Not on display
- Louise Bourgeois 1911–2010
- Woven fabric, mounted on a stretcher
- Support: 1105 × 1189 mm
- ARTIST ROOMS
Tate and National Galleries of Scotland. Lent by Artist Rooms Foundation 2013
On long term loan
I Am Afraid is a fabric work by the French-born American artist Louise Bourgeois featuring lines of text woven into canvas. Short statements and individual words in upper case are woven in grey thread into the grey-beige fabric and are grouped into four stanzas. Both the first and the third stanza contain five lines of text; the second stanza contains three lines; and the fourth stanza contains two lines. The text reads:
I AM AFRAID OF SILENCE
I AM AFRAID OF THE DARK
I AM AFRAID TO FALL DOWN
I AM AFRAID OF INSOMNIA
I AM AFRAID OF EMPTINESS
IS SOMETHING MISSING?
YES, SOMETHING IS MISSING AND ALWAYS WILL BE MISSING
THE EXPERIENCE OF EMPTINESS
WHAT ARE YOU MISSING?
I AM IMPERFECT BUT I AM LACKING NOTHING
MAYBE SOMETHING IS MISSING BUT I DO NOT KNOW AND THEREFORE DO NOT SUFFER
EMPTY STOMACH EMPTY HOUSE EMPTY BOTTLE
THE FALLING INTO A VACUUM SIGNALS THE ABANDONMENT OF THE MOTHER
The material is mounted on a stretcher. The artist’s initials (‘LB’) are woven at the bottom right corner of the work.
Bourgeois made this work in 2005. She sourced the text from one of the many journals that she kept throughout her life. In these journals Bourgeois would keep notes relating to her work, her life and her mental state, and she would also write poems. The text featured in I Am Afraid has been taken from the artist’s archive of her poetic writing.
In this work the artist displays her various fears, which relate to both the physical world and abstract concepts. Thus her fears of hunger and abandonment sit alongside those of the dark and of emptiness. Bourgeois has examined these concepts throughout her work, particularly in her series of ‘Cells’, such as Cell XIV (Portrait) 2000 (Tate AL00230) and Cell (Eyes and Mirrors) 1989–93 (Tate T06899). The fears explored in her work often relate to emotionally traumatic events in the artist’s life and especially in her childhood. In I Am Afraid, Bourgeois traces a direct correlation between her self-confessed fears of the dark, silence and emptiness and a sense that something is missing. On the subject of Bourgeois’s use of painful experiences and personal fears in her work, curator Brooke Hodge has written:
Bourgeois has often remarked that, in order to exorcise the painful memories of her past, it is necessary for her to reconstruct them in order to destroy them. The restorative power of the needle and the act of sewing have enabled her to confront her demons through the creation of work that incorporates handsewn fabric shapes and figures, clothing and embroidery … giving her work another layer of personal meaning.
(Quoted in Morris 2007, p.266.)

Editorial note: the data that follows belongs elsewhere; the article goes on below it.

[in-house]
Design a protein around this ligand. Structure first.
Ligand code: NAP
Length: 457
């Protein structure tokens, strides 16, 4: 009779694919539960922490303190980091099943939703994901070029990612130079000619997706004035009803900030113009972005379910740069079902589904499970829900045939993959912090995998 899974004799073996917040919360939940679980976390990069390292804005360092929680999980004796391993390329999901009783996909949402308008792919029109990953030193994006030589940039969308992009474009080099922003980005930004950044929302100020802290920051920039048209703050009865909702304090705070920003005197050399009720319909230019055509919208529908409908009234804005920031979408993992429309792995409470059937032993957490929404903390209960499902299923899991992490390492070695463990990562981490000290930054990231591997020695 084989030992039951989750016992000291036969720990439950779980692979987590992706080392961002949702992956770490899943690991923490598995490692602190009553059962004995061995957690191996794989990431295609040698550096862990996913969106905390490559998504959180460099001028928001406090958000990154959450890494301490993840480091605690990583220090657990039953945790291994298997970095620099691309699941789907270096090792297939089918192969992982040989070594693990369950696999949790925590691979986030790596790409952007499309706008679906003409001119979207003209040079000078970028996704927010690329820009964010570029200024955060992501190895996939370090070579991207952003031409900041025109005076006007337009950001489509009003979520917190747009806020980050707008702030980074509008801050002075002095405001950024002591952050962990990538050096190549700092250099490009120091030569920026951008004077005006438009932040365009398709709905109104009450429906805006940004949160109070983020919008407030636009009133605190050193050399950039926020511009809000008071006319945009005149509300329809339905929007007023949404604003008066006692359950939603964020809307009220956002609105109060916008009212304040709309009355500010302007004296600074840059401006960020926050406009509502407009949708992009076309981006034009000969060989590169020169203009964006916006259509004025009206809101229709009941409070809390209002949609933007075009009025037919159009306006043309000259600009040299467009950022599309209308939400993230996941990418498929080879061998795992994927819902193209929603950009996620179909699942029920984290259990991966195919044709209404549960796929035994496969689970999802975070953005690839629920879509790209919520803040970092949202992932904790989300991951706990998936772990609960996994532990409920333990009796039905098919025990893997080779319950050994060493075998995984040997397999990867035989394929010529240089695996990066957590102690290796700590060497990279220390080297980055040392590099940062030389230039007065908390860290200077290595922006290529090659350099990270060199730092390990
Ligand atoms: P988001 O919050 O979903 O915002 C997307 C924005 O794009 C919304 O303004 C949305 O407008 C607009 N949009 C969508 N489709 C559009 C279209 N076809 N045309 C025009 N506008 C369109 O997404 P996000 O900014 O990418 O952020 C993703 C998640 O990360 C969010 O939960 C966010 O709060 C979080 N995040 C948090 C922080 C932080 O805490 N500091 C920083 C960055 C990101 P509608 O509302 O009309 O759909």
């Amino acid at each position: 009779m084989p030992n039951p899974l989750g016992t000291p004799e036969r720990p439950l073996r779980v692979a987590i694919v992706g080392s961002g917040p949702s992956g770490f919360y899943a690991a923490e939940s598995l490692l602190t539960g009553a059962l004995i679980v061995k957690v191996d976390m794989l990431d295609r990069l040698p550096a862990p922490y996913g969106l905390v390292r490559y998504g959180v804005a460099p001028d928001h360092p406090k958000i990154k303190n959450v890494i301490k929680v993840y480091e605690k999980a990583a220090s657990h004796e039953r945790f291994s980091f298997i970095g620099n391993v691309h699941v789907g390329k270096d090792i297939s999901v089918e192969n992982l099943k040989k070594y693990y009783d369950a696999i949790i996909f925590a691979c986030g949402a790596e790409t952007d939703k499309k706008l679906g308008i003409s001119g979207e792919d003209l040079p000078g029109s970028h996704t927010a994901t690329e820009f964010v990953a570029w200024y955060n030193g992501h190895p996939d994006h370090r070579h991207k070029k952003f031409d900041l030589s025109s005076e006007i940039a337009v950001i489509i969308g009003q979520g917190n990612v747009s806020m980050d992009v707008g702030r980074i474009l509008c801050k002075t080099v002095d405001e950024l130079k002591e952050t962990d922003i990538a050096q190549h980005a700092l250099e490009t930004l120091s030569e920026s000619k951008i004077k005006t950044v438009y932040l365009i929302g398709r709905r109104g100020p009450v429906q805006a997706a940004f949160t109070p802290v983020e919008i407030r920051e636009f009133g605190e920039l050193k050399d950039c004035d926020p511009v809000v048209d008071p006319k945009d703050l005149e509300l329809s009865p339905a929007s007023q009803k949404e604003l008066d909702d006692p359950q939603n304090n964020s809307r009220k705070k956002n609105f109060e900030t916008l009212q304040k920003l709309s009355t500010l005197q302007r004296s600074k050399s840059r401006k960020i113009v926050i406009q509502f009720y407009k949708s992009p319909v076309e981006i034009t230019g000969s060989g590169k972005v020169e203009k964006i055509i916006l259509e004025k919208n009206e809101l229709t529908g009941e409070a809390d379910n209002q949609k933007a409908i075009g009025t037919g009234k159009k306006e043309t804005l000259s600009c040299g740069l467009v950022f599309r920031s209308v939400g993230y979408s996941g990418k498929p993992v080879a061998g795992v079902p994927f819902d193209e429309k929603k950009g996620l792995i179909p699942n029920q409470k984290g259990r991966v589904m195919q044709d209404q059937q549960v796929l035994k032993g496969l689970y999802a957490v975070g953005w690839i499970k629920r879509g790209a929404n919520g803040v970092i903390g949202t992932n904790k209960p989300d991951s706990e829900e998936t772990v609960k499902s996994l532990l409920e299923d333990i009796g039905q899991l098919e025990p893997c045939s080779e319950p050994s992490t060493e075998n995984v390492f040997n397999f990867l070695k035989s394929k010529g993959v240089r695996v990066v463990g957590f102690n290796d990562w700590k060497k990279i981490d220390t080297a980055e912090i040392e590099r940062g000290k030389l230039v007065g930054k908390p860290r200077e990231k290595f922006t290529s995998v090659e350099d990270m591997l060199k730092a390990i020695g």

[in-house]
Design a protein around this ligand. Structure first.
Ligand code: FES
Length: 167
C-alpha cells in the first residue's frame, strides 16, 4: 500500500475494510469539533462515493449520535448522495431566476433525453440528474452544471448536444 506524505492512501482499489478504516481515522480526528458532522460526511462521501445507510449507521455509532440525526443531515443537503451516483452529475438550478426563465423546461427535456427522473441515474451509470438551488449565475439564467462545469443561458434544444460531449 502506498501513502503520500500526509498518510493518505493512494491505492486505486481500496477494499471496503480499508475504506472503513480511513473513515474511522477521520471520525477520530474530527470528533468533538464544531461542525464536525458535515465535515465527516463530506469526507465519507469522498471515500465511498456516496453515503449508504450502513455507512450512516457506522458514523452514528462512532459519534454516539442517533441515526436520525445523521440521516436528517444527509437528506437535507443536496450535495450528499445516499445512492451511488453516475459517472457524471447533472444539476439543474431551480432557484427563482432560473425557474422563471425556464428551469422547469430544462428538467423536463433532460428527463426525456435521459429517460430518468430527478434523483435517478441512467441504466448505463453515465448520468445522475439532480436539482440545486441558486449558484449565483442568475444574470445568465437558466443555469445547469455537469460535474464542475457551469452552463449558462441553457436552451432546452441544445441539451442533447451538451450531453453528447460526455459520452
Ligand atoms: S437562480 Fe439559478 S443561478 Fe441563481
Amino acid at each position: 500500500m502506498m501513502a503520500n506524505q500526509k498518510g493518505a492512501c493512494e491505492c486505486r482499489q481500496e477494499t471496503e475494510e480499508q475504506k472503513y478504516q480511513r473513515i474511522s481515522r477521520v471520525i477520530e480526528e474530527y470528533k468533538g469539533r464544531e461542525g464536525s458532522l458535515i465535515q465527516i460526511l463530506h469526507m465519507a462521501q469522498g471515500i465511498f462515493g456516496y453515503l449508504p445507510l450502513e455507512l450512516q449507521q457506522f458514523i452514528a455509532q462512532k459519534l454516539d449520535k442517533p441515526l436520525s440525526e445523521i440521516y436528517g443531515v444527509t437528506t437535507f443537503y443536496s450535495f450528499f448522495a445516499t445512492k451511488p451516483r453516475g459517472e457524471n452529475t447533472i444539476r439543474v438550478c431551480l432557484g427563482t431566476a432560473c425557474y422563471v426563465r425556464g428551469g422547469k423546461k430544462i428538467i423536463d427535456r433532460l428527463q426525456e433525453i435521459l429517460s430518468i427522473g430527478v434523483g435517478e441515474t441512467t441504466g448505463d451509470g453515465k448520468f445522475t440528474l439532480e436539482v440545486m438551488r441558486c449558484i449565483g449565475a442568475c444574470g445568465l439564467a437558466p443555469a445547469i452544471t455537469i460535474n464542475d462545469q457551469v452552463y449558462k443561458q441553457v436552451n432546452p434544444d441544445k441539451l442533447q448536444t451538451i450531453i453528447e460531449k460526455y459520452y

Hodge therefore argues that in making her fears manifest in her stitched fabric works such as I Am Afraid, the artist is taking part in a process whereby she can deal with, and even ‘destroy’, her emotional pain and past traumas.
In I Am Afraid the artist also makes direct reference to the vacuum left by the ‘abandonment of the mother’. The loss of her mother, who died following a long illness when the artist was aged twenty-two, is another theme that recurs frequently in Bourgeois’s work. Writing about her childhood, much of which she spent helping her mother repair tapestries, Bourgeois said, in a statement first published in 1992:
My mother would sit out in the sun and repair a tapestry or a petit point. She really loved it. This sense of reparation is very deep within me. I break everything I touch because I am violent. I destroy my friendships, my love, my children. People would not generally suspect it, but the cruelty is there in the work … I break things because I am afraid.
(Quoted in Morris 2007, p.242.)
Like Hodge, Bourgeois makes the connection between the opposing acts of reparation and destruction and ties both to her childhood and her mother. I Am Afraid draws together these opposing themes in its visual evocation of the tapestries that they worked on, while explicitly documenting the fears that drive her figurative destructive tendencies.
Mignon Nixon, Fantastic Reality: Louise Bourgeois and a Story of Modern Art, London and Cambridge, Massachusetts 2005.
Frances Morris (ed.), Louise Bourgeois, exhibition catalogue, Tate Modern, London 2007.
Lucy Askew and Anthony d’Offay, Louise Bourgeois: A Woman Without Secrets, exhibition catalogue, National Galleries of Scotland, Edinburgh 2013, p.88, reproduced p.67.
The University of Edinburgh
The University of Edinburgh is a research partner of ARTIST ROOMS.
Does this text contain inaccurate information or language that you feel we should improve or change? We would like to hear from you.